|Publication number||US4560000 A|
|Application number||US 06/476,074|
|Publication date||Dec 24, 1985|
|Filing date||Mar 17, 1983|
|Priority date||Apr 16, 1982|
|Publication number||06476074, 476074, US 4560000 A, US 4560000A, US-A-4560000, US4560000 A, US4560000A|
|Inventors||James M. Upchurch|
|Original Assignee||Schlumberger Technology Corporation|
|Export Citation||BiBTeX, EndNote, RefMan|
|Patent Citations (7), Referenced by (35), Classifications (7), Legal Events (6)|
|External Links: USPTO, USPTO Assignment, Espacenet|
This application is a continuation-in-part of Upchurch U.S. patent application Ser. No. 369,209, filed Apr. 16, 1982, entitled "Pressure Responsive Perforating and Testing System."
1. Field of the Invention
This invention relates generally to well perforating systems, and particularly to an apparatus for a new and improved perforating system in which differential pressure is employed to activate a perforating device.
2. Description of the Prior Art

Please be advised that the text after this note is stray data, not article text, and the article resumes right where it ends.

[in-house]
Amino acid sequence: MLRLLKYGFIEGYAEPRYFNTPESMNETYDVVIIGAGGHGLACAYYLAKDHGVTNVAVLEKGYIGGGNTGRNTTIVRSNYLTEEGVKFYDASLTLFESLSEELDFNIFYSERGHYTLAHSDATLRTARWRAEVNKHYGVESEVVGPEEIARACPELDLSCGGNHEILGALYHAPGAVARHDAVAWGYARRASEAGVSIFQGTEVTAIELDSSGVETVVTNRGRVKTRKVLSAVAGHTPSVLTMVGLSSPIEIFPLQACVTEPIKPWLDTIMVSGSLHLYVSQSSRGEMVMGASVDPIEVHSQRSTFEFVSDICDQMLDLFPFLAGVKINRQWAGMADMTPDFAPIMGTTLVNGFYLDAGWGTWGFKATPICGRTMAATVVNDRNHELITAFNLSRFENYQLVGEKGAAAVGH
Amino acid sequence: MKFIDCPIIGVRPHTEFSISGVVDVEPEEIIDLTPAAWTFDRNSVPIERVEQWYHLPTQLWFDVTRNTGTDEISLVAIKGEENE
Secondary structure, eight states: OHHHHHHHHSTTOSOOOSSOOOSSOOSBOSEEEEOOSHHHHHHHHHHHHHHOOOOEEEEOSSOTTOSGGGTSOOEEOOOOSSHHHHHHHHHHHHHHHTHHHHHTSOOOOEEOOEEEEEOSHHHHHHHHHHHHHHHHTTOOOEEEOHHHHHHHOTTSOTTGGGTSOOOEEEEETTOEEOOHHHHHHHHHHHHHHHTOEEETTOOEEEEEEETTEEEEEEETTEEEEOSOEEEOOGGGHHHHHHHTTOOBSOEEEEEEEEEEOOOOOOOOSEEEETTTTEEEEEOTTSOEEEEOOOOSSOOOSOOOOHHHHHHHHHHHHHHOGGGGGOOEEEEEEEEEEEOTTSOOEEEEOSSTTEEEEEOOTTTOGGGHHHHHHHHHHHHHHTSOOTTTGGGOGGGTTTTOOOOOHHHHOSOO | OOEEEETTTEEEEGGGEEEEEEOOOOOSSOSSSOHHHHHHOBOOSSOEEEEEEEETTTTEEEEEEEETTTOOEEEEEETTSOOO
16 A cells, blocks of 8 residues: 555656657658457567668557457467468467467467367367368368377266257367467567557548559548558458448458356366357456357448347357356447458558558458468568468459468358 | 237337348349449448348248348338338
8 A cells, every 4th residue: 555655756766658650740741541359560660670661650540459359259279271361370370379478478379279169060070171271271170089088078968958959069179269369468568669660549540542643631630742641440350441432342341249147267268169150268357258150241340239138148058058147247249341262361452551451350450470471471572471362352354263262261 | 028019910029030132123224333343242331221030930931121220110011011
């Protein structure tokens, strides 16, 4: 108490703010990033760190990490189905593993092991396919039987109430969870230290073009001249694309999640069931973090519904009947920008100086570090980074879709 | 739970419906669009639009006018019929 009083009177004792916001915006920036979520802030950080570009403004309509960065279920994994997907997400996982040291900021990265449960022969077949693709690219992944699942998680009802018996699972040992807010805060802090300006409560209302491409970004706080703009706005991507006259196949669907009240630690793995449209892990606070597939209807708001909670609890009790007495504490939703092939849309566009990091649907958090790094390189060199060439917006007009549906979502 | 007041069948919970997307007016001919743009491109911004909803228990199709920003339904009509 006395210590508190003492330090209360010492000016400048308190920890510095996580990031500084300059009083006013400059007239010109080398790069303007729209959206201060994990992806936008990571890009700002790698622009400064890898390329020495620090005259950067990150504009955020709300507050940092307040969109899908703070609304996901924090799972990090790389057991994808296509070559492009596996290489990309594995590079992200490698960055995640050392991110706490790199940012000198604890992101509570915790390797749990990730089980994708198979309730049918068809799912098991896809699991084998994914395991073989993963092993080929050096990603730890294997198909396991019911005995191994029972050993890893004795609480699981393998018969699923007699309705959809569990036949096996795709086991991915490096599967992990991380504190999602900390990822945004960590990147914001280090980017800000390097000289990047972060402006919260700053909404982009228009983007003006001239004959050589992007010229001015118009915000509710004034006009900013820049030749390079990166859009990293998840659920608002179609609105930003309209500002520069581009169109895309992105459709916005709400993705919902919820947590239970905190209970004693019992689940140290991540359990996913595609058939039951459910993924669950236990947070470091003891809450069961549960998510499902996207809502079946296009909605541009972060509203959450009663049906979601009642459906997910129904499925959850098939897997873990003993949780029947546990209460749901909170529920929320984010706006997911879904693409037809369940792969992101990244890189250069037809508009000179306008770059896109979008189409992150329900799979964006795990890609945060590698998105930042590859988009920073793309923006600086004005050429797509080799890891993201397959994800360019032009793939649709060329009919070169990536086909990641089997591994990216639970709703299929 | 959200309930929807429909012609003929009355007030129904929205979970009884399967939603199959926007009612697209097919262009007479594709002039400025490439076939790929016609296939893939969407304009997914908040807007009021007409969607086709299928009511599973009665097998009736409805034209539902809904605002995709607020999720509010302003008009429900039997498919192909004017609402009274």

Numerous systems have been proposed for perforating a well. Examples of prior art systems employed in combination with a string of tubing or pipe are shown in U.S. Pat. Nos. 2,092,337; 2,169,559; 2,330,509; and 2,760,408. In accordance with these disclosures the firing assembly which activates the perforating gun is actuated by electrical means, pipe string manipulation or by dropping an impact bar (commonly referred to as a "go-devil") through the pipe string. Electrical actuation normally requires that a wireline be run into the pipe string which involves cumbersome and often time-consuming operations. Systems using pipe string manipulation typically include somewhat complicated mechanical constructions, and can be prematurely activated as the pipe string is being run into the well. Systems employing drop bars are not considered to be practical in deviated wells since the bar may not reach bottom. Of course in all cases safety is a primary consideration.